Pitchers Jeremy Jeffress and Jeff Allison have both had battles with drugs. Thankfully, they are both finally back on the mound and trying to resurrect their formerly-promising professional careers. Thanks to Texas Rangers outfielder Josh Hamilton’s well-publicized battle with narcotics as a minor leaguer, there is renewed hope that players dealing with personal demons can have productive Major League careers.
Jeffress, whom I touched on earlier this season, was signed out of a Virginia high school with the 16th overall pick of the 2006 draft. He struggled a bit in his short-season debut after the draft and then made just 18 appearances in 2007 due to suspensions related to drug use. Now reportedly clean, and with a new focus, Jeffress has improved his control significantly (down two runs per nine innings) over his debut season and is striking out more than 12 batters per nine innings. In High-A ball, the 20 year old allowed 65 hits in 79.1 innings with 102 strikeouts. He was recently promoted to Double-A where he allowed two runs and three walks in 2.1 innings in one start.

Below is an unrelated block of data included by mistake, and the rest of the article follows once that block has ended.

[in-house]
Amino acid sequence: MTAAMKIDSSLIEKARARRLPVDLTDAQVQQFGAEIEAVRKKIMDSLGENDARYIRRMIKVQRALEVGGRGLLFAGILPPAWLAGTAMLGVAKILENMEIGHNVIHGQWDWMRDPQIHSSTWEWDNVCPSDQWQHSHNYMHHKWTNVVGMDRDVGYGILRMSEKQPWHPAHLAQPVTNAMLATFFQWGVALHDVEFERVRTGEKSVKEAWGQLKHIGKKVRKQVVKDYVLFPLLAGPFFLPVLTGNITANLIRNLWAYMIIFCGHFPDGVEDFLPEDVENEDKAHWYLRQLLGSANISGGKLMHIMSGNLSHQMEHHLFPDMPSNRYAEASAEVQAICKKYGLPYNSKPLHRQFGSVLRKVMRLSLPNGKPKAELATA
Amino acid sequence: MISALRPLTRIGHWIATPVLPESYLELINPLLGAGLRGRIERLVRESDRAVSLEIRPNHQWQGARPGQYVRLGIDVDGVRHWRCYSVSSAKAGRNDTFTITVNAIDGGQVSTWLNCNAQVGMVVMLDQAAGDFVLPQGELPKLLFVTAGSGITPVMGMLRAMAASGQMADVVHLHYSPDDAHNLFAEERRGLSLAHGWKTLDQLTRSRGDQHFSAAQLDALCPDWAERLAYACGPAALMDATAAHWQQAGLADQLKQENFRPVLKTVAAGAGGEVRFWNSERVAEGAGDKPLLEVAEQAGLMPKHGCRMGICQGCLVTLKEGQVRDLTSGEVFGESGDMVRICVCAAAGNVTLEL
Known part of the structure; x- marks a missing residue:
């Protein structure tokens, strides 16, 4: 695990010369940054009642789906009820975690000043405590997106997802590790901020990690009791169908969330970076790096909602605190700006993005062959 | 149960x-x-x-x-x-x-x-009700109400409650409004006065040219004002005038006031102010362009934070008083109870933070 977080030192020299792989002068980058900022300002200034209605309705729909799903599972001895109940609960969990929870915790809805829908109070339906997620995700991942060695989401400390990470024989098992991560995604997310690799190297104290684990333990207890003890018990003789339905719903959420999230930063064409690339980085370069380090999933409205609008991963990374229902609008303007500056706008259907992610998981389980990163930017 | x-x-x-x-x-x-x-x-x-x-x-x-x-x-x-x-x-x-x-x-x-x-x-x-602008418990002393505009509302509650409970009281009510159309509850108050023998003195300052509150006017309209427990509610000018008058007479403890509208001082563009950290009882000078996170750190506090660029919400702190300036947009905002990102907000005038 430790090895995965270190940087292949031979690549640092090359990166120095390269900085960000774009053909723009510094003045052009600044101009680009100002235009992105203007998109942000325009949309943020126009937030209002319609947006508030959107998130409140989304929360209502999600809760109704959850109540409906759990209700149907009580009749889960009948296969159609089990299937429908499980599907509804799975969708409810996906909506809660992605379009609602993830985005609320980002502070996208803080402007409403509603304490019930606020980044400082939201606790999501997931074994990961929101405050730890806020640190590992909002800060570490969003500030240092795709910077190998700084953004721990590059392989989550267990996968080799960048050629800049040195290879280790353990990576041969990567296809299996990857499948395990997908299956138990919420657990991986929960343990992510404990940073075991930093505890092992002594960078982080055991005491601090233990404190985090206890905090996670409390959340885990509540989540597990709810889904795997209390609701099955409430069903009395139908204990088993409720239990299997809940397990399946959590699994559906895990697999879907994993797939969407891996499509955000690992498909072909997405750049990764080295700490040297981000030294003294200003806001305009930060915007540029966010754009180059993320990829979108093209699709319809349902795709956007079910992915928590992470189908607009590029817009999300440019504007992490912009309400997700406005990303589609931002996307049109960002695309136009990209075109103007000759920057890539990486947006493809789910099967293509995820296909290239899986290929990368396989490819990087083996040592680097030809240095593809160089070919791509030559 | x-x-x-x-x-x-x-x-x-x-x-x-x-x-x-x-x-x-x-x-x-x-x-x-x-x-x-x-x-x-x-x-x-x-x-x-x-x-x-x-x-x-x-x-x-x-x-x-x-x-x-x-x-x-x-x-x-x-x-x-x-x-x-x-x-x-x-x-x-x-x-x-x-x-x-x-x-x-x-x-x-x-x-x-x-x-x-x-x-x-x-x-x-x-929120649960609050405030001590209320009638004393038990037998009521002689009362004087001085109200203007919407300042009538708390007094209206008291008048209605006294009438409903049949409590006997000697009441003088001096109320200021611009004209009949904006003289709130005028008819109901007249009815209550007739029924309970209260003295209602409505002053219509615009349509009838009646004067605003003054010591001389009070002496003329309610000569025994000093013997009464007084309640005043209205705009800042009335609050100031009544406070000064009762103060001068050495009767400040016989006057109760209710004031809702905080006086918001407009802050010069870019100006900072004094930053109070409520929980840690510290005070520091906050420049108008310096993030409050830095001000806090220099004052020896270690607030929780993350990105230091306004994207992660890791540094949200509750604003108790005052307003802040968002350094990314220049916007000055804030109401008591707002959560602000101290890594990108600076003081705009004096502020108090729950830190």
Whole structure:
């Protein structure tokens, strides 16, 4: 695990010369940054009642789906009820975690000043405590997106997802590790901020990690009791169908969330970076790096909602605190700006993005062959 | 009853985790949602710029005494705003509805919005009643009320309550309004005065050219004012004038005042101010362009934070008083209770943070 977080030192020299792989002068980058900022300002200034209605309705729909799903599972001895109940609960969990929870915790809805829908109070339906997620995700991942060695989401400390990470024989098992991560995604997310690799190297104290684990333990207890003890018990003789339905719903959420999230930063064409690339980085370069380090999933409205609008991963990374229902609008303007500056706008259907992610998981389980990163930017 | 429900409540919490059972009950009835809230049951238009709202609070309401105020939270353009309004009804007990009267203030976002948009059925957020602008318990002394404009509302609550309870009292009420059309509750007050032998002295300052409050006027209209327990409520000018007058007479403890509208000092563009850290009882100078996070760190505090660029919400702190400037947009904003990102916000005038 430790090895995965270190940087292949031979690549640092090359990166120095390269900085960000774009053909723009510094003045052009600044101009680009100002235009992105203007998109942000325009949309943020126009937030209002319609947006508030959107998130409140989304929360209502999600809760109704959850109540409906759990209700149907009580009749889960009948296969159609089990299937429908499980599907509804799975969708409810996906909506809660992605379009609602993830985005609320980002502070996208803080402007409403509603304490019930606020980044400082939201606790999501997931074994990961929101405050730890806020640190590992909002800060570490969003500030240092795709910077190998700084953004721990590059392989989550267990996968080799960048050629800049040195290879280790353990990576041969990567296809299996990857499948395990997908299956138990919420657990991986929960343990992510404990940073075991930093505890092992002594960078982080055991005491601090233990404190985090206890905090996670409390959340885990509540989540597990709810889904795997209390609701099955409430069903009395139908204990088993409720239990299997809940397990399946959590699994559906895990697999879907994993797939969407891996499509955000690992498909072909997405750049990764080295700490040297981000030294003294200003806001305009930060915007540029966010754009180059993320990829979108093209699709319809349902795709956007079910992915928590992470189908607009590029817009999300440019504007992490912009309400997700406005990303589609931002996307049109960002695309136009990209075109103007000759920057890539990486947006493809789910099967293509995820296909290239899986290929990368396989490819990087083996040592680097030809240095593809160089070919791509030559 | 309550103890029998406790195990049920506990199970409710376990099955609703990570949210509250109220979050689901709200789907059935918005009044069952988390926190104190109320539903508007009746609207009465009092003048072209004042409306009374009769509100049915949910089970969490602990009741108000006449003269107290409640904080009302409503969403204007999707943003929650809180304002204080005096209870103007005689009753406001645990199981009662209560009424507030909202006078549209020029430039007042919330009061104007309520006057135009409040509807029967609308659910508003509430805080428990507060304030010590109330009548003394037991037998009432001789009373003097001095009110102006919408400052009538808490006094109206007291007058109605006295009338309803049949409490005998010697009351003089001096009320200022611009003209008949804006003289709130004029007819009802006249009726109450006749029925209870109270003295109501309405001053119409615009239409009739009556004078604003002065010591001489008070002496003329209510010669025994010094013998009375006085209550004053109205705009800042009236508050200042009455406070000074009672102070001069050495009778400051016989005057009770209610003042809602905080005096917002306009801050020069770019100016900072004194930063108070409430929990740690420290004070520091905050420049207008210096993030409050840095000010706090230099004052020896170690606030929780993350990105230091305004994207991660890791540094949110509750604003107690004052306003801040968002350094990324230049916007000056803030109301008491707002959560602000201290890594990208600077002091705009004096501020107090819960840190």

Allison has a steeper hill to climb in his return to professional baseball because he has missed far more baseball than Jeffress and also had a much more dangerous addiction. The 23-year-old pitcher was originally drafted 16th overall out of a Massachusetts high school in the 2003 draft. He appeared in three games that season and then missed the next year entirely. Allison returned for part of 2005 and made 17 starts with OK results, especially considering what he was going through off the field. Things fell apart for him again, though, and he missed all of 2006 and 2007. Allowed to return to professional baseball in 2008, Allison has expectedly had an inconsistent season in High-A ball. He has allowed 101 hits in 104.2 innings, along with 46 walks and 61 strikeouts. Left-handed batters are hitting .305 against him, while right-handed batters are managing just .221. With runners in scoring position, batters are scorching Allison for a .316 average, compared to .213 with the bases empty, so he may be trying to do too much.
Both players have taken encouraging first steps in their returns from drug abuse, but it still a long road ahead. I, for one, am rooting for both of them.
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